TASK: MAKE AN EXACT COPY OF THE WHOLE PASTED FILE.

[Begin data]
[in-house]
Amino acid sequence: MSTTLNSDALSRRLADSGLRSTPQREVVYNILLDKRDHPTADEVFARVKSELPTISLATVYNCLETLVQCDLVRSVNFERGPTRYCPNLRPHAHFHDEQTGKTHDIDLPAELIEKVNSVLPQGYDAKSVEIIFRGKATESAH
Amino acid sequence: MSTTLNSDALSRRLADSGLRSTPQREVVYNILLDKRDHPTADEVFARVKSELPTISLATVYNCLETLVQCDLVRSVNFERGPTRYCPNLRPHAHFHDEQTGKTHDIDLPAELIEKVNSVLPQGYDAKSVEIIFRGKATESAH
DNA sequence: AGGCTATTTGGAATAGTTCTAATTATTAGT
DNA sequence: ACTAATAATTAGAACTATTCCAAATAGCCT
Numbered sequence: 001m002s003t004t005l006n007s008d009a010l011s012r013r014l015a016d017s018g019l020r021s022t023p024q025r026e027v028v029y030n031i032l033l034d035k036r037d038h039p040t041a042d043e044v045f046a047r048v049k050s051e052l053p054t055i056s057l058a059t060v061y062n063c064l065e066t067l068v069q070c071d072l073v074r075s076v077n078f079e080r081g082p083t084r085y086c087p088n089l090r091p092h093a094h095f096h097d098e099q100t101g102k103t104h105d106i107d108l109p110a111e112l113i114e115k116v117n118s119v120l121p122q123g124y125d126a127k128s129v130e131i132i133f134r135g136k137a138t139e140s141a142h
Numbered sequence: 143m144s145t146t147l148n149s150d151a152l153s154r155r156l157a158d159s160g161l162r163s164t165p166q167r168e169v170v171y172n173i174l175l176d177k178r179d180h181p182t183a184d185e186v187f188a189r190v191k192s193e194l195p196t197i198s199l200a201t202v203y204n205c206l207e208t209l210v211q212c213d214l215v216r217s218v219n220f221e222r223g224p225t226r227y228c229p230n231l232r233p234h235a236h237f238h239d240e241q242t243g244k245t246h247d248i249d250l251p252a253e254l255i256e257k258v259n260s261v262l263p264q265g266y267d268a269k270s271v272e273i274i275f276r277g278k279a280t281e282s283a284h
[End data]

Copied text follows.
[in-house]
Amino acid sequence: MSTTLNSDALSRRLADSGLRSTPQREVVYNILLDKRDHPTADEVFARVKSELPTISLATVYNCLETLVQCDLVRSVNFERGPTRYCPNLRPHAHFHDEQTGKTHDIDLPAELIEKVNSVLPQGYDAKSVEIIFRGKATESAH
Amino acid sequence: MSTTLNSDALSRRLADSGLRSTPQREVVYNILLDKRDHPTADEVFARVKSELPTISLATVYNCLETLVQCDLVRSVNFERGPTRYCPNLRPHAHFHDEQTGKTHDIDLPAELIEKVNSVLPQGYDAKSVEIIFRGKATESAH
DNA sequence: AGGCTATTTGGAATAGTTCTAATTATTAGT
DNA sequence: ACTAATAATTAGAACTATTCCAAATAGCCT
Numbered sequence: 001m002s003t004t005l006n007s008d009a010l011s012r013r014l015a016d017s018g019l020r021s022t023p024q025r026e027v028v029y030n031i032l033l034d035k036r037d038h039p040t041a042d043e044v045f046a047r048v049k050s051e052l053p054t055i056s057l058a059t060v061y062n063c064l065e066t067l068v069q070c071d072l073v074r075s076v077n078f079e080r081g082p083t084r085y086c087p088n089l090r091p092h093a094h095f096h097d098e099q100t101g102k103t104h105d106i107d108l109p110a111e112l113i114e115k116v117n118s119v120l121p122q123g124y125d126a127k128s129v130e131i132i133f134r135g136k137a138t139e140s141a142h
Numbered sequence: 143m144s145t146t147l148n149s150d151a152l153s154r155r156l157a158d159s160g161l162r163s164t165p166q167r168e169v170v171y172n173i174l175l176d177k178r179d180h181p182t183a184d185e186v187f188a189r190v191k192s193e194l195p196t197i198s199l200a201t202v203y204n205c206l207e208t209l210v211q212c213d214l215v216r217s218v219n220f221e222r223g224p225t226r227y228c229p230n231l232r233p234h235a236h237f238h239d240e241q242t243g244k245t246h247d248i249d250l251p252a253e254l255i256e257k258v259n260s261v262l263p264q265g266y267d268a269k270s271v272e273i274i275f276r277g278k279a280t281e282s283a284h